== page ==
This is good news for air quality in the UK, but the electricity to power these vehicles will need to be produced somewhere, somehow, and it looks likely that this will be produced by nuclear power or fossil fuel burning, although the report does not say that specifically. This will require a huge amount of power, and it is unlikely that this will be able to be provided by wind power, or other renewable energy sources.

Point 5: Green Public Transport, Cycling and Walking

The report promises we will invest tens of billions of pounds in enhancements and renewals of the rail network, £4.2 billion in city public transport and £5 billion on buses, cycling and walking. Some rail links removed in the Beeching era (post second World War) will be restored as well as new rail links between towns and cities, and bring the level of public transport within cities up to the level of London, which is ahead of the rest of the country.

All welcome again, but there is no specific mention of how these trains and buses will be powered, so again it looks as though this will provided by nuclear power and fossil fuels. Walking and cycling of course needs no external power, and is uncontroversial. First we need to stop wasting funds in vanity projects like HS2 that should be killed now. Over budget before the fist shovel in the ground to provide a service that is not needed.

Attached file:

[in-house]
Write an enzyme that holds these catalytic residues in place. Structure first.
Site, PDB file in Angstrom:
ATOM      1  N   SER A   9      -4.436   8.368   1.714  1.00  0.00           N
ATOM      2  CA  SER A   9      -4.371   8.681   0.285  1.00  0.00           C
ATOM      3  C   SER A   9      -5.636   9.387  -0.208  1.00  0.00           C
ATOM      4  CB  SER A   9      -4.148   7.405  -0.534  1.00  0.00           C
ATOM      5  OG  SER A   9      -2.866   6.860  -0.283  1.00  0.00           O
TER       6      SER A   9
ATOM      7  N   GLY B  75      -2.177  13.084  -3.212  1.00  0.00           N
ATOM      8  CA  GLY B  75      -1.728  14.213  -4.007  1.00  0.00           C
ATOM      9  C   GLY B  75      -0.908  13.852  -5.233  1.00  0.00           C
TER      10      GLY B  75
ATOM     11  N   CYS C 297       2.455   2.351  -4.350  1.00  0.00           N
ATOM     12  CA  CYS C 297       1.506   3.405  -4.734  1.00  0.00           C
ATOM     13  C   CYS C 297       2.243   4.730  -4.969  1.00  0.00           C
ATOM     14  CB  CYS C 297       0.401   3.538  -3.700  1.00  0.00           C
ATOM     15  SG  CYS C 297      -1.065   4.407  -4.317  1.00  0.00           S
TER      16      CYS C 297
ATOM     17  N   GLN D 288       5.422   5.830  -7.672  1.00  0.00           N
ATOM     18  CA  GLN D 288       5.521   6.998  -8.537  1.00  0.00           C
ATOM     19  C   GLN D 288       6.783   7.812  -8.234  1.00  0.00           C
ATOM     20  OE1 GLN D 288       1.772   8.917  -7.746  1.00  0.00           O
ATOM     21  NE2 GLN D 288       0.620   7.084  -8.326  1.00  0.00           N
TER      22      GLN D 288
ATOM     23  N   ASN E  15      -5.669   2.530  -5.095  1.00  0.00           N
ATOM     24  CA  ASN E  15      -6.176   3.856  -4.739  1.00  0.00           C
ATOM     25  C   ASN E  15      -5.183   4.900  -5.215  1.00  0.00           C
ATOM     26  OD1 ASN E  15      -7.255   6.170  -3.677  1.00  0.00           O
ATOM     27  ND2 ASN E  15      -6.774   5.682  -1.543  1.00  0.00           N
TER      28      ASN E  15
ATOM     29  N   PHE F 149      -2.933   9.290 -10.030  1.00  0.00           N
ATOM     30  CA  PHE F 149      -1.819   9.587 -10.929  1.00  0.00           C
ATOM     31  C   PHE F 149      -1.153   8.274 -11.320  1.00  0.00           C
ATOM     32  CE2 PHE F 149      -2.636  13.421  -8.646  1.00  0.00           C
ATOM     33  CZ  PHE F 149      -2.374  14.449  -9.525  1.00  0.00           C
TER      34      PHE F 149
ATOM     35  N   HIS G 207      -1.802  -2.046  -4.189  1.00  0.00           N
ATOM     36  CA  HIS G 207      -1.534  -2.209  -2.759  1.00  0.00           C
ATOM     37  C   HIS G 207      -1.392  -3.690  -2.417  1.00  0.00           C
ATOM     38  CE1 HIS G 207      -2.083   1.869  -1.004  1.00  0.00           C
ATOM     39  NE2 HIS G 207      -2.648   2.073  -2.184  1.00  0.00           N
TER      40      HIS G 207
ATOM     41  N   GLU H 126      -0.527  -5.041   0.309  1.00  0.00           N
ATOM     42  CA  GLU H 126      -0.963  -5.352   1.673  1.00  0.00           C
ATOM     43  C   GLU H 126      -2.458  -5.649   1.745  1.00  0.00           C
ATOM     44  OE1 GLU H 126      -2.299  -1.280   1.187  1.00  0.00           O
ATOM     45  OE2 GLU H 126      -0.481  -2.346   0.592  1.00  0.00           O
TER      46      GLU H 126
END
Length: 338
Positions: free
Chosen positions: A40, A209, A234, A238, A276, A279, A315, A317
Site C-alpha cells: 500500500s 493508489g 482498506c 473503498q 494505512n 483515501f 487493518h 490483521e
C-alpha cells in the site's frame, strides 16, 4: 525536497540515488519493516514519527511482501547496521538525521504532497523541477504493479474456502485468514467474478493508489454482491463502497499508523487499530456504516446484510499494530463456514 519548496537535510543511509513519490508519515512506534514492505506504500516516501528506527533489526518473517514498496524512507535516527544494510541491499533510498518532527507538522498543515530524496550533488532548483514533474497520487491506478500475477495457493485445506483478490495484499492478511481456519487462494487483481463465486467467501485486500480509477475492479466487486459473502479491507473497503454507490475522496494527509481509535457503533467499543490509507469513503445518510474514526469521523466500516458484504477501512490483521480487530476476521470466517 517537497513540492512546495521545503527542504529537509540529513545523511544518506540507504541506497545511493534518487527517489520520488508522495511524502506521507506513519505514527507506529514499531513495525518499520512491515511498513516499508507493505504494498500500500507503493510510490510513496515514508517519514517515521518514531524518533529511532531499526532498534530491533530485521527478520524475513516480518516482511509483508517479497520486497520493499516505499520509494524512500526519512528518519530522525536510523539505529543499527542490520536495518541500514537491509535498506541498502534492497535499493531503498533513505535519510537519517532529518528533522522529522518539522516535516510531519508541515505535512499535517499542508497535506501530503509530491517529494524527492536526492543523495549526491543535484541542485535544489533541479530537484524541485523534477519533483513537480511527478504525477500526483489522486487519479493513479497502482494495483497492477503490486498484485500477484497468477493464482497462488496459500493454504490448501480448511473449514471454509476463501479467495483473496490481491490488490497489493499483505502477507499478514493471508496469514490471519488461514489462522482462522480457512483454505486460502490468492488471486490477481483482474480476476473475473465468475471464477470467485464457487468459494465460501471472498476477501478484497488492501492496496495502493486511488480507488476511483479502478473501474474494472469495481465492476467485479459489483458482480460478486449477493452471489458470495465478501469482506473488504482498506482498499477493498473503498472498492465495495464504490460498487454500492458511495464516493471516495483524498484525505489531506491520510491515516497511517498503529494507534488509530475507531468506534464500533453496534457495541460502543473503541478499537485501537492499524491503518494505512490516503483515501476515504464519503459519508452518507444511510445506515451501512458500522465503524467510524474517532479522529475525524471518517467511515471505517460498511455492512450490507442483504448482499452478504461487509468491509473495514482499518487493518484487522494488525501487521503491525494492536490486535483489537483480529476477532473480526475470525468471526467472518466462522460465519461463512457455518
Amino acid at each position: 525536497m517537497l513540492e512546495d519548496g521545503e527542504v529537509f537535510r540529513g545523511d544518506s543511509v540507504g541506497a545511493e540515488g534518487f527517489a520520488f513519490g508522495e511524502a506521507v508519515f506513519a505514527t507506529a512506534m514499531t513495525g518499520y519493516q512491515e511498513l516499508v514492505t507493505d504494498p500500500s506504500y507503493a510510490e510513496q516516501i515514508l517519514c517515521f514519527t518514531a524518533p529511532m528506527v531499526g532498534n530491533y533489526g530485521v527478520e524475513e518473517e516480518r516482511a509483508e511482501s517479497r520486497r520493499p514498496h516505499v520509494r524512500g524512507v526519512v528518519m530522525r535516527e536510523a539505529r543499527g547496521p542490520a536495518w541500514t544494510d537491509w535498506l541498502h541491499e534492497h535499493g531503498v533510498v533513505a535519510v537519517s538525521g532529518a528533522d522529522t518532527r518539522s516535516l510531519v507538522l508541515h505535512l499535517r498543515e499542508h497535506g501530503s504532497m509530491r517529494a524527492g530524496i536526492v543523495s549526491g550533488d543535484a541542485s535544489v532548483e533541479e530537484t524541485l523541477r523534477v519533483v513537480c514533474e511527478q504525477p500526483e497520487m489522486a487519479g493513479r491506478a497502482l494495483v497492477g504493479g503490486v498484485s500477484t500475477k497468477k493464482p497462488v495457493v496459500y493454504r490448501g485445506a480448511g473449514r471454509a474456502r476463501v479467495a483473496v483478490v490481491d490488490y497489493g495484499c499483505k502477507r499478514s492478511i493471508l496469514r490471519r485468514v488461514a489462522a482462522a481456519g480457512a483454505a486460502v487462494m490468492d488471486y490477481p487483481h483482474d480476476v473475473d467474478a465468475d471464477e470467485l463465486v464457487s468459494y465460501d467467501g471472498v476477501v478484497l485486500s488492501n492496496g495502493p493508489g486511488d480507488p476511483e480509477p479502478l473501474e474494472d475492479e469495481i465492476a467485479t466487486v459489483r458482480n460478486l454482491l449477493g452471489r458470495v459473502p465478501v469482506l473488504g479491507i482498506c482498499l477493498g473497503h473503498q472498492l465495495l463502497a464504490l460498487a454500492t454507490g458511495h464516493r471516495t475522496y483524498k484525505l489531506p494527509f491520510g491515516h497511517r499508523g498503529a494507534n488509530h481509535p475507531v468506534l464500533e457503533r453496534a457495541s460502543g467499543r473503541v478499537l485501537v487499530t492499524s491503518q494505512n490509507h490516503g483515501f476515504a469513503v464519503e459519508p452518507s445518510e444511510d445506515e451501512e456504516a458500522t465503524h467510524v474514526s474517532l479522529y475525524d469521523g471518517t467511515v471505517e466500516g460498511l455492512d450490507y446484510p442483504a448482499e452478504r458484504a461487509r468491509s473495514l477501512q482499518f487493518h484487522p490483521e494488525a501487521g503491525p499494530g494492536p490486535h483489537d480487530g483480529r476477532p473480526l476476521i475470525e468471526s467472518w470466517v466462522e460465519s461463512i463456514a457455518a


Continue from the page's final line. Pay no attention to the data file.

Point 6: Jet Zero and Green Ships

The 5GW of power produced by hydrogen mentioned in Point 2, will clearly not be enough the power all civil aeroplanes and shipping, and military craft are not mentioned at all. The report also mentions electric power, but especially with aircraft batteries, they will need to be so large that the number of passengers on flights will need to be dramatically reduced, making them non cost effective.

Again it looks like if this to have any success, we will be relying nuclear power or fossil fuels. Why there is no mention of that old, tried and trusted method of powering ships, wind, is perplexing? Some ships already use sails in a kind of hybrid system, together with a conventional engine, for when the wind drops.

The report also says that blending ‘greener’ fuels into kerosene, which I take to mean biofuel, produced from vegetable oil or the like. This is certainly feasible but as always with biofuels they compete for land with food production and forestation. There is only so much land to go around.

Point 7: Greener Buildings